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More Americans Prefer Stronger Law Enforcement

| 9 Comments
Gallup has a poll out today showing that, when asked to choose the higher priority between (1) strengthening law and order through more police and greater enforcement, or (2) reducing bias against minorities in the criminal justice system by reforming court and police practices,  49% choose the former and 43% the latter. The 6% difference is outside the margin of error.  The poll can be found here.

So how does this translate in terms of political advantage?  Specifically, is it smarter to run a national race prioritizing law and order, or prioritizing bias reduction?

Let me ask that question a different way:  Is 49% higher than 43%?
There are two noteworthy things about this poll, in my view.

First, just as support for the death penalty increased as the murder rate went up (and has decreased (with a time lag) as the rate has been going down), support for stronger enforcement is all but certain to increase as violent crime escalates, as it's been doing for about the last 24 months.  This is not that hard to figure out.  The more serious the disease, the stronger the medicine patients will demand.

Second, for those who would prioritize increasing protections for vulnerable minorities (and what person of good faith would not want to increase such protections?), the most important thing we can do is precisely to increase law enforcement.  Many minority citizens understand this, a point I made in my entry here.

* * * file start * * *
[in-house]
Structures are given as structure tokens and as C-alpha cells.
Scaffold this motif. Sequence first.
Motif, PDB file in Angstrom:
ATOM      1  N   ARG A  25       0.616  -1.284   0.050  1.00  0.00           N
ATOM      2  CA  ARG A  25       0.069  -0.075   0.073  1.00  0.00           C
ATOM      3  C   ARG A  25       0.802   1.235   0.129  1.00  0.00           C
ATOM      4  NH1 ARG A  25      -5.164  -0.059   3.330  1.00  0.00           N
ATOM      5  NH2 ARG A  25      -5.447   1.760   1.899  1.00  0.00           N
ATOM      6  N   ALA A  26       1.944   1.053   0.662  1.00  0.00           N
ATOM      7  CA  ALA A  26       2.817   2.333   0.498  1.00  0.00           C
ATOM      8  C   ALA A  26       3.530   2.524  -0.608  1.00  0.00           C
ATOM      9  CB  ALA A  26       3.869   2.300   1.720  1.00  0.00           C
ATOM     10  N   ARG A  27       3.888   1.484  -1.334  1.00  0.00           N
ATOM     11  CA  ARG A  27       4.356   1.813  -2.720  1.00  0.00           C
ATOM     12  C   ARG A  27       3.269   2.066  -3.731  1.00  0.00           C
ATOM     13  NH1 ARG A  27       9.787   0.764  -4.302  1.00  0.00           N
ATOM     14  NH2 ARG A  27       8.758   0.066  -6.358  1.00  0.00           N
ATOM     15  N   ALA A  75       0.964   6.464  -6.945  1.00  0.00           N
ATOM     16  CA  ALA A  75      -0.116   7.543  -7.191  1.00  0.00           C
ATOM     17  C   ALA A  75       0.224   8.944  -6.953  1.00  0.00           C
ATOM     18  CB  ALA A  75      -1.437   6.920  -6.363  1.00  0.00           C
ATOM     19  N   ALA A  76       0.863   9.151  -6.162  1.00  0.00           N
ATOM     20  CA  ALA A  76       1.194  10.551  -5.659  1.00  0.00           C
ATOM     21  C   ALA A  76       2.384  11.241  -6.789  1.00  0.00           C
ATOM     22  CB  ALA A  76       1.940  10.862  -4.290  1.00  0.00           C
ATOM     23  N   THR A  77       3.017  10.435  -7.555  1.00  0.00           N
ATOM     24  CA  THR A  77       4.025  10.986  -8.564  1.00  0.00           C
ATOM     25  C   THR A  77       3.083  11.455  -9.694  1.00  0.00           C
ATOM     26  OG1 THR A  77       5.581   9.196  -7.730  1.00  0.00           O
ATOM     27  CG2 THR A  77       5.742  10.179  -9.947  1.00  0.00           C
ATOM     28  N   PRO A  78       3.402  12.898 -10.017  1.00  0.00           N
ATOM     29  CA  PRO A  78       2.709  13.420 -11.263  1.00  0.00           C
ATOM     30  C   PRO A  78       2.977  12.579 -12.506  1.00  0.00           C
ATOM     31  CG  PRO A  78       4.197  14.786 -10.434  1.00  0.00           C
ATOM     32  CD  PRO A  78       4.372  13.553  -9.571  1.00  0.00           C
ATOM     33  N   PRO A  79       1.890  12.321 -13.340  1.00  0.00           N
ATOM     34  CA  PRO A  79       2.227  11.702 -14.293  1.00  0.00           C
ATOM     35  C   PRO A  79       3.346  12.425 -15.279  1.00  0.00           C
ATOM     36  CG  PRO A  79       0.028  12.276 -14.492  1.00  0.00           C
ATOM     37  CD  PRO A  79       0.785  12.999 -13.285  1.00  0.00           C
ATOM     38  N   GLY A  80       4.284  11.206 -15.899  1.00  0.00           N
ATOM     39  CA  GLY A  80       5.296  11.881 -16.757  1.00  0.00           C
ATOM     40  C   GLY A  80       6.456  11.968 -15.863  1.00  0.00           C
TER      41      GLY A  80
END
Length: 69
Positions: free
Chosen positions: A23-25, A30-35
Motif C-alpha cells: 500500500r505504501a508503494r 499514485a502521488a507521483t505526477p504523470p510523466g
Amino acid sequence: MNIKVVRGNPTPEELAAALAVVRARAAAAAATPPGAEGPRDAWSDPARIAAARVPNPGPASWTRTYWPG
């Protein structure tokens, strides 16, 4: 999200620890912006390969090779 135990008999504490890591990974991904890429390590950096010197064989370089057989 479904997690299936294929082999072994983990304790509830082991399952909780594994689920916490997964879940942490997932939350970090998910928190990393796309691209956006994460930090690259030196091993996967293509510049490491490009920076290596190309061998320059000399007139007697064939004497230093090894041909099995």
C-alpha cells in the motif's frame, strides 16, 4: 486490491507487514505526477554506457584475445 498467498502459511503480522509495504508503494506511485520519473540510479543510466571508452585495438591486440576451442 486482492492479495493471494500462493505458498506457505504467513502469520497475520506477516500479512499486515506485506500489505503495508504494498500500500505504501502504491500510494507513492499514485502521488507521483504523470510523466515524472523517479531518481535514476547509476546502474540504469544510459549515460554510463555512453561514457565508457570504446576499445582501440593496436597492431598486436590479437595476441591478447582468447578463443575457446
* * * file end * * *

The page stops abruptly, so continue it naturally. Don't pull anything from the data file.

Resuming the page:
The best thing we can do for minorities is preserve their lives.  The next best is to help them protect what they've worked years to earn.  For 23 years, from 1991 to near the end of 2014, we did exactly that.  More police, more aggressive policing, and longer sentences for more criminals (along with the aging of the Baby Boomers and increased private security measures) brought crime down by half.  This huge reduction in criminal depredation disproportionately benefited blacks, since they were (and remain) a disproportionate number of crime victims.

In other words, more aggressively enforcing the law and increasing the well-being of minorities are not opposing priorities.  Those who take the time to examine the data from the last generation  -- and can break free from ideology  --  will see they're the same thing.

9 Comments

This is a very interesting poll, though the results broken down by part affiliation reveals that the politics run the other way of one is looking to appeal specifically to independents.

Also, recent polling on marijuana reform also suggests that doing away with blanket marijuana prohibition --- especially at the federal level ---- ought to be the top priority for those seeking to cater to modern voters.

That's one way to see it, yes. Your suppleness of mind does not fail you.

Here are two other ways to see it.